You would do anything urgent and essential right away — meaning they get scheduled first in your Calendar. Then, you would schedule essential but less urgent tasks later. And, don’t forget that anything that’s urgent but not necessary can be delegated or outsourced.

Use the “Rule of Three.”

By following the Rule of Three, you will succeed in reaching your goals and getting more done. Apparently, according to Dan Silvestre, it was introduced by J.D Meier in “Getting Results the Agile Way. And, it works like this.

The Rule of Three stresses that you should only focus on 3 of your most important goals instead of aiming for everything. By limiting the number of tasks you do simultaneously, you can increase your focus and output. And it’s also helpful in keeping your Calendar in check so that you don’t feel as overwhelmed.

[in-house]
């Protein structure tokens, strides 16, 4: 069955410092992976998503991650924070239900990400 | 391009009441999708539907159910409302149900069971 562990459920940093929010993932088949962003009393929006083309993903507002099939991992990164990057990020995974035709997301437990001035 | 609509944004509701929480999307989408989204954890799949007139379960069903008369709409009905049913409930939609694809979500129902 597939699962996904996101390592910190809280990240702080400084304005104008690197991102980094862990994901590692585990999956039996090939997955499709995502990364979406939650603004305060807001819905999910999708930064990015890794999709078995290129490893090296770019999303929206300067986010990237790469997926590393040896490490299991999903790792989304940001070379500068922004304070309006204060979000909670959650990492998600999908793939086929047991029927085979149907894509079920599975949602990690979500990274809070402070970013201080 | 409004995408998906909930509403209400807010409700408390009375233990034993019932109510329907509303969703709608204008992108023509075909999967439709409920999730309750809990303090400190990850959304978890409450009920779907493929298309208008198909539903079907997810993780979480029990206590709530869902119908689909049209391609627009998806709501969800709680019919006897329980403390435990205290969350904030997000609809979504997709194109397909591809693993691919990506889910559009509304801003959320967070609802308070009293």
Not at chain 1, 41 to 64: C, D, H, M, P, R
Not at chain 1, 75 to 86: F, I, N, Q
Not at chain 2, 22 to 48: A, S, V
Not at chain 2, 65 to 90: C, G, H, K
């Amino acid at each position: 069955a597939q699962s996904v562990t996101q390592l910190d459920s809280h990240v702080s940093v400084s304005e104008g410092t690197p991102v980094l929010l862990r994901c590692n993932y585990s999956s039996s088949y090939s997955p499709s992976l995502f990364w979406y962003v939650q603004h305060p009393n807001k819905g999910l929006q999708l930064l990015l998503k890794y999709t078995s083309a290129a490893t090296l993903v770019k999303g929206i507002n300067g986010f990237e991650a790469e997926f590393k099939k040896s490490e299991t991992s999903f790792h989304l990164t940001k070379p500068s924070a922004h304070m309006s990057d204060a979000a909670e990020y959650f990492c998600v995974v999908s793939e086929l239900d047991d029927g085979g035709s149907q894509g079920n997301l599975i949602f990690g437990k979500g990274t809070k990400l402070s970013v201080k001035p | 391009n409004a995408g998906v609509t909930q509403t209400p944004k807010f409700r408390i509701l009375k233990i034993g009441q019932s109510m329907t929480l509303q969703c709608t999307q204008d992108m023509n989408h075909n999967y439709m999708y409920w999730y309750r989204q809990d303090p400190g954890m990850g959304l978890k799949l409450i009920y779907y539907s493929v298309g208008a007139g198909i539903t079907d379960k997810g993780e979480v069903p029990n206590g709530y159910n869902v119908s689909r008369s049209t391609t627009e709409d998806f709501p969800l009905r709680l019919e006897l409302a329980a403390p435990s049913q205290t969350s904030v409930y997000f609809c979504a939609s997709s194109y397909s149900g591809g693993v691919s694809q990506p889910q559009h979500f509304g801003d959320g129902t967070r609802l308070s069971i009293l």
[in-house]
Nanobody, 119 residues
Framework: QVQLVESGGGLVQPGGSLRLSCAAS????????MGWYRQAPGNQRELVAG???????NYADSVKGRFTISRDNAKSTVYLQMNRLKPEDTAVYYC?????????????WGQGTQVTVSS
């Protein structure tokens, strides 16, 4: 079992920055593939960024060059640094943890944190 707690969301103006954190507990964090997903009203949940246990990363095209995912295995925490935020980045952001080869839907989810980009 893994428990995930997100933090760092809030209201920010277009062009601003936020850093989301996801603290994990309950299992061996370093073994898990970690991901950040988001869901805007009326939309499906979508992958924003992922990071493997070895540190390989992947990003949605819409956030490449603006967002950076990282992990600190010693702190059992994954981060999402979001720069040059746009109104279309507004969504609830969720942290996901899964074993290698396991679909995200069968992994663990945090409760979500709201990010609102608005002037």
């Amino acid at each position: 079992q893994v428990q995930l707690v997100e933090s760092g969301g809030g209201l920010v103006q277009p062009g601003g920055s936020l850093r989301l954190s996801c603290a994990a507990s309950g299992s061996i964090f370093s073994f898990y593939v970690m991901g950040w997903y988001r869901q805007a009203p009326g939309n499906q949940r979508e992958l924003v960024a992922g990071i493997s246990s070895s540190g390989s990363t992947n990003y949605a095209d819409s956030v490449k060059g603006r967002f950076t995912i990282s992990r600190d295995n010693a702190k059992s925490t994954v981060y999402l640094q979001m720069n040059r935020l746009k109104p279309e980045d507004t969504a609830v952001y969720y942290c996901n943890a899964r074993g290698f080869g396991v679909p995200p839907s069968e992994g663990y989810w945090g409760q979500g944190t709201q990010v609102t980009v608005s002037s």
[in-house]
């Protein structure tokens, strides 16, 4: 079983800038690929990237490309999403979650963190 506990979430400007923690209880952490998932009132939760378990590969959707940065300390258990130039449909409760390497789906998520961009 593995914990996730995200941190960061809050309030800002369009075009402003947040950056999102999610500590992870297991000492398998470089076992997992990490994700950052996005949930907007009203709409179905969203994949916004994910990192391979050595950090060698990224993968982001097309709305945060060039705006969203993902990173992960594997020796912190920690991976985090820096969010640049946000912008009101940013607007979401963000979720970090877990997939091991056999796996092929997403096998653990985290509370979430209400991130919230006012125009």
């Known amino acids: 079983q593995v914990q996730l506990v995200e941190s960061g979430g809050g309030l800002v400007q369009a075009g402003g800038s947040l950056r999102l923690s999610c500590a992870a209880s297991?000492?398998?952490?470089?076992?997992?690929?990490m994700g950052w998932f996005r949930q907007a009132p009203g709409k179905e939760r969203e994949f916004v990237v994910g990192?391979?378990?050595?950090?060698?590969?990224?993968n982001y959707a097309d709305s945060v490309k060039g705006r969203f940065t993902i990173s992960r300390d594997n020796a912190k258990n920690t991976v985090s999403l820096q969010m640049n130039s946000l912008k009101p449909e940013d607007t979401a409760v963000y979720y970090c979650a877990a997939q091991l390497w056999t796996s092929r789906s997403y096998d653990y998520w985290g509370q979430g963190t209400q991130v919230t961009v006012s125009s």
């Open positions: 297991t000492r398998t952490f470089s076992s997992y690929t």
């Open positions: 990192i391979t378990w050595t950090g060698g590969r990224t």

As an example, let’s say that you’re mapping out your week. Rather than trying to cram every to-do list item into your Calendar, only schedule three priorities for each day.

Verify your timeslots.

If you share your Calendar with others, then people can not only see your availability, they can also book these open slots. That comes in handy when someone needs to schedule a meeting or phone call with you. But, here’s the thing, schedules are likely to change.

Let’s say you have an upcoming trip or the other party had to attend to a personal matter. The chances are that something like a 15-minute phone call isn’t a priority. As such, to prevent wasting everyone’s time, you should verify this time slot.